This little scene by Craig Lyons (LegoLyons) highlights an excellent pair of Lone Ranger and Tonto minifigs. Tonto doesn’t look too happy. Reid better watch his back.
Okay, that’ll be my last Wild West creation for the night. Hi-ho, Silver, away!
Aside from his hilariously named outhouse, my favorite Wild West creation from him so far is this stagecoach:
One horse (without reins) seems a bit underpowered, but the stagecoach itself is excellent, atop an irregular base replete with iconic saguaro, buzzard, and cow’s skull.
This action-packed Wild West scene, by Garbageman13, is a beauty. There are lots of little details that I like, but the action is just about perfect. The builder has hit a home run with this one.
This western town by Kris Kelvin is loverly. It’s also a nice change of pace, since we don’t see that many Western creations.
A good amount of my day yesterday was spent talking about the US Air Force and LEGO steampunk with a cousin-in-law who is coming out of his dark ages. So it seemed fortuitous that Rod Gillies (2 Much Caffeine) posted pictures of his steam jet powered P2 Thunderbolt of the US Air Cavalry, circa 1906.
Bryan, you’re not alone.
Those of us who are into trains know that Anthony Sava has been working on his Pennsylvania Railroad T1 Duplex (4-4-4-4) Steam Engine #5544 for a year and a half. We know this because Tony has been posting work-in-progress pictures, asking for advice and generally running an interactive development system for all this time.
Since many people seemed to enjoy my Anatomy of a Warehouse post where I went through some of my own building stages I think this post should appeal even more. Anthony has documented about 30 images as he has progressed in this project.
Right at the beginning he asked for advice and suggestions on the nose which elicited many responses. As one of the most prominent features of the train it is really important to get this right and I think Tony achieved this admirably in his final version.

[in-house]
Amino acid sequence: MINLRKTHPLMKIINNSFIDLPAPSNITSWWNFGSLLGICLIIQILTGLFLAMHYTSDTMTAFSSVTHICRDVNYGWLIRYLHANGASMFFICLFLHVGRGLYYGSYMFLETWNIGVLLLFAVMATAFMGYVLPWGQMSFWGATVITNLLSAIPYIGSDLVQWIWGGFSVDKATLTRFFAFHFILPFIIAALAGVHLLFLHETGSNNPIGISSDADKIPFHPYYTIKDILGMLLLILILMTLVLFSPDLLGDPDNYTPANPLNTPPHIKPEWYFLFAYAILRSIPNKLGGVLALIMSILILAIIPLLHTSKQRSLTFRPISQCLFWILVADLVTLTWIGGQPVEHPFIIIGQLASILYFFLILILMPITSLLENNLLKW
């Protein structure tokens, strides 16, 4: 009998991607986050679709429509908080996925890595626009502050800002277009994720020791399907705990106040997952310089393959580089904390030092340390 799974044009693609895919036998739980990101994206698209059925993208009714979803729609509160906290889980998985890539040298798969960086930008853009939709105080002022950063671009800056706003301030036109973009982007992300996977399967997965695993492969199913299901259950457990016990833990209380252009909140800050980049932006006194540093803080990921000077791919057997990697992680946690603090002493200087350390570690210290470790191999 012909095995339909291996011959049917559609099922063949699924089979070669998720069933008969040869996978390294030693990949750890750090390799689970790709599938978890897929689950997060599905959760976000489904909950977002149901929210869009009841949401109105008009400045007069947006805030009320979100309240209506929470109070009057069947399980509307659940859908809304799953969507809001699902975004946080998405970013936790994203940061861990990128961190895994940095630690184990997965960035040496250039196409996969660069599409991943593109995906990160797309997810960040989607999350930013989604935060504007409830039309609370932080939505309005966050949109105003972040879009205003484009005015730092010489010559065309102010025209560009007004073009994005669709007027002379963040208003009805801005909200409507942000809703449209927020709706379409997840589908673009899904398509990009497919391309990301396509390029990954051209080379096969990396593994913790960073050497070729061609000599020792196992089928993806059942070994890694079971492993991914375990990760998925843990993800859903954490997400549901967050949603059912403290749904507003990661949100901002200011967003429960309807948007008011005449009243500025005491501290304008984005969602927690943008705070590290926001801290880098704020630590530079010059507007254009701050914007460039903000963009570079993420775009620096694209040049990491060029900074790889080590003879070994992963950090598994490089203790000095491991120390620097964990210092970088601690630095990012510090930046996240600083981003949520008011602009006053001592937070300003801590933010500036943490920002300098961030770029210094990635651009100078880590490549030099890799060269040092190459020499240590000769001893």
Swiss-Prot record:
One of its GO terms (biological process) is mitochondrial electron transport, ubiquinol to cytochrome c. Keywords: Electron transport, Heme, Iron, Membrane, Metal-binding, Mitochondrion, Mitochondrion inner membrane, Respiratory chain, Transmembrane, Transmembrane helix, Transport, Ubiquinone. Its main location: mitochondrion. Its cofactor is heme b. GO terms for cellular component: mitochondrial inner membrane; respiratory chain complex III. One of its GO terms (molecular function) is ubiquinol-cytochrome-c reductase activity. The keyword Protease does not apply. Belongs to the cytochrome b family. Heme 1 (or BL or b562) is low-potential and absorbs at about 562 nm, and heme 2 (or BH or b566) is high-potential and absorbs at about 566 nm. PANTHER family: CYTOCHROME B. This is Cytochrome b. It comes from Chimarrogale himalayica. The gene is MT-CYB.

As the train got nearer to completion (this picture is four weeks old as of today) the design began to settle down (note the differences from the CAD image above) and more refined details started to appear.
A final pre-production version was completed a few days ago. Just lacking the stickers and any final tweaks. Tony thanks many people for their help but I’d like to thank him for spending the time on this excellent creation.
And I think we can all agree this train has aged rather well since its inception.
SlyOwl‘s latest scene uses slanted bricks and slopes to create a realistic texture on the cliff. It’s hard to tell at a glance which bricks are true slopes versus slanted bricks and vice versa, which makes this creation even more interesting.
The technique by itself is enough to warrant a mention on the blog, but the builder has included an action packed interior full of comical hilarity.
And in his words (slightly edited)
Formerly, the sherrif used to be the guarantor of the security and the peace in the city. Unfortunately, now he is totally outstripped… All he can do is watch the mess spread the city directed by women…
What’s not to love?
Victor Vitale takes steampunk into the Old West with this teeny tiny
airship airboat piloted by a pair of U.S. cavalry soldiers.
As part of my Wild West Train project I’ve been trying to vary the presentation as well as produce useful instructions for each stage. The final stage let me try a new experiment: packaging the ‘train set’ in its own satin lined wooden box. Fabric is kind of difficult to render without special tools so I decided to go for satin as the easiest.